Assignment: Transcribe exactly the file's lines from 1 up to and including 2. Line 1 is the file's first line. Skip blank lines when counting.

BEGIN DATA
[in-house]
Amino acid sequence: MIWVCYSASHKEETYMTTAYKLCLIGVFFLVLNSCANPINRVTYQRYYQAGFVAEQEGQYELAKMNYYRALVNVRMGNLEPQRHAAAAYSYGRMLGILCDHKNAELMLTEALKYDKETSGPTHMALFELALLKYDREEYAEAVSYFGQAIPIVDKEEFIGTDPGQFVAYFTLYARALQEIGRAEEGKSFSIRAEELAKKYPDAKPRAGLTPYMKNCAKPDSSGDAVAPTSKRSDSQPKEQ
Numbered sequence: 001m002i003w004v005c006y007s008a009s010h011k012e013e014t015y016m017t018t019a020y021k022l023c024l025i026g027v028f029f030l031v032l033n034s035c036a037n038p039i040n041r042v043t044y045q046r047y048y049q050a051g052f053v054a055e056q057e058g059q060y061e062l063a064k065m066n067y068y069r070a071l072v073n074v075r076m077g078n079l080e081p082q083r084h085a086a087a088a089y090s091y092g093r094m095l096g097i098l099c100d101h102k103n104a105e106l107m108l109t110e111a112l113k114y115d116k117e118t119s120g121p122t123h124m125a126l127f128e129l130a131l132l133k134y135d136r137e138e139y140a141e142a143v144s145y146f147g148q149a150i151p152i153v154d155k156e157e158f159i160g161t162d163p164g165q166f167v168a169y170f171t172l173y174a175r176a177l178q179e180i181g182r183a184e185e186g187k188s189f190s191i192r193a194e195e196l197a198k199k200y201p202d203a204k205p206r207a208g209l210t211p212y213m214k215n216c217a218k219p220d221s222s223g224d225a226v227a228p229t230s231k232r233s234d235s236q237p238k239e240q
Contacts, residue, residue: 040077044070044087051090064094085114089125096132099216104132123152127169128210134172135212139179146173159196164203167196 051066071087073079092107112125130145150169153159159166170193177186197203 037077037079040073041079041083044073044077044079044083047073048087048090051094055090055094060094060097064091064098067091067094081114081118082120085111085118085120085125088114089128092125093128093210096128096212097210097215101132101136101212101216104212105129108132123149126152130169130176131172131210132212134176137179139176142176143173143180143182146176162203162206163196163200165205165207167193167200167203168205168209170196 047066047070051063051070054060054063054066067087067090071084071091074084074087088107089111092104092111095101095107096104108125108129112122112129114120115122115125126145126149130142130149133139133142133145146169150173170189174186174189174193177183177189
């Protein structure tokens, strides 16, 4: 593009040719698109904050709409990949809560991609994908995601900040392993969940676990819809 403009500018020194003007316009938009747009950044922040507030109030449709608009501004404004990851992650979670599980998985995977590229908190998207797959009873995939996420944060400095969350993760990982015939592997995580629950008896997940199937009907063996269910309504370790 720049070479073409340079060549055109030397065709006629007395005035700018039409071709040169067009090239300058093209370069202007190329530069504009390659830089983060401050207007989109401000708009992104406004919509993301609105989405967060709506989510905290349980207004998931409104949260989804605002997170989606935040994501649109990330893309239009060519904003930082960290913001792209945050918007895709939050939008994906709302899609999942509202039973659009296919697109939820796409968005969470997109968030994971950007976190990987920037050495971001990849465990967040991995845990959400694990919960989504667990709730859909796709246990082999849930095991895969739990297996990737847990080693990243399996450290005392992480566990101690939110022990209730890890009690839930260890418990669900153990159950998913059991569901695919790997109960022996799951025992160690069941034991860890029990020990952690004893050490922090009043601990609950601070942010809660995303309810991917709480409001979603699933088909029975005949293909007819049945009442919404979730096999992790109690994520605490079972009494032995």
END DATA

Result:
[in-house]
Amino acid sequence: MIWVCYSASHKEETYMTTAYKLCLIGVFFLVLNSCANPINRVTYQRYYQAGFVAEQEGQYELAKMNYYRALVNVRMGNLEPQRHAAAAYSYGRMLGILCDHKNAELMLTEALKYDKETSGPTHMALFELALLKYDREEYAEAVSYFGQAIPIVDKEEFIGTDPGQFVAYFTLYARALQEIGRAEEGKSFSIRAEELAKKYPDAKPRAGLTPYMKNCAKPDSSGDAVAPTSKRSDSQPKEQ